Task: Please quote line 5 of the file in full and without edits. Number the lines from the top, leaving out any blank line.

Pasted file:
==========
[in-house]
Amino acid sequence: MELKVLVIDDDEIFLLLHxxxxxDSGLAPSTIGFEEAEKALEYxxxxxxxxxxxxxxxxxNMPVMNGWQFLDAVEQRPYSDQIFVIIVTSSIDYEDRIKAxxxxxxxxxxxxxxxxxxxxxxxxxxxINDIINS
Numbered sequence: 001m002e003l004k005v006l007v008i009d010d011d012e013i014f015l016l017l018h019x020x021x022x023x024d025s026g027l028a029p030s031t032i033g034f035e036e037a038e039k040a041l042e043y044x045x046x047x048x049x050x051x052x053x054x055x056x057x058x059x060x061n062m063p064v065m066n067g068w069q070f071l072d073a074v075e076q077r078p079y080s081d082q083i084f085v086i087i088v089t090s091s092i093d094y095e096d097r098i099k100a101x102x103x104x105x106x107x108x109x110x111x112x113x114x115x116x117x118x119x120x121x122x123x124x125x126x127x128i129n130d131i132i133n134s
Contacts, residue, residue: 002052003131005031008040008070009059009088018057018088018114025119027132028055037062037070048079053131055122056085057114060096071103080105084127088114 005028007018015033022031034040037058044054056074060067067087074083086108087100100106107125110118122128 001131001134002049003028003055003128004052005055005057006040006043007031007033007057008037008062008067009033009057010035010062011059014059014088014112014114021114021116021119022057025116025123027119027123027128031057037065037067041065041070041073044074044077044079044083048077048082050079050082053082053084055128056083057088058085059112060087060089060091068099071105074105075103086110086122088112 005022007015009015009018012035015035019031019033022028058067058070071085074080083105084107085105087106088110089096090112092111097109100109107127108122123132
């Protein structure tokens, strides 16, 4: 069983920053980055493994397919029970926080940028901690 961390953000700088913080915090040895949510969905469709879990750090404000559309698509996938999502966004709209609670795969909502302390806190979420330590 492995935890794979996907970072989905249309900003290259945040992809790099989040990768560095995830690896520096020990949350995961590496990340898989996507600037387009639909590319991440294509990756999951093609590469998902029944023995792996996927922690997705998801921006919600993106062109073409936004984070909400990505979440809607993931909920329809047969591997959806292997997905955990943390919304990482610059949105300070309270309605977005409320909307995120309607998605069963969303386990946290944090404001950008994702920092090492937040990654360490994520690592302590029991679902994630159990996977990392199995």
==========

């Protein structure tokens, strides 16, 4: 069983920053980055493994397919029970926080940028901690 961390953000700088913080915090040895949510969905469709879990750090404000559309698509996938999502966004709209609670795969909502302390806190979420330590 492995935890794979996907970072989905249309900003290259945040992809790099989040990768560095995830690896520096020990949350995961590496990340898989996507600037387009639909590319991440294509990756999951093609590469998902029944023995792996996927922690997705998801921006919600993106062109073409936004984070909400990505979440809607993931909920329809047969591997959806292997997905955990943390919304990482610059949105300070309270309605977005409320909307995120309607998605069963969303386990946290944090404001950008994702920092090492937040990654360490994520690592302590029991679902994630159990996977990392199995």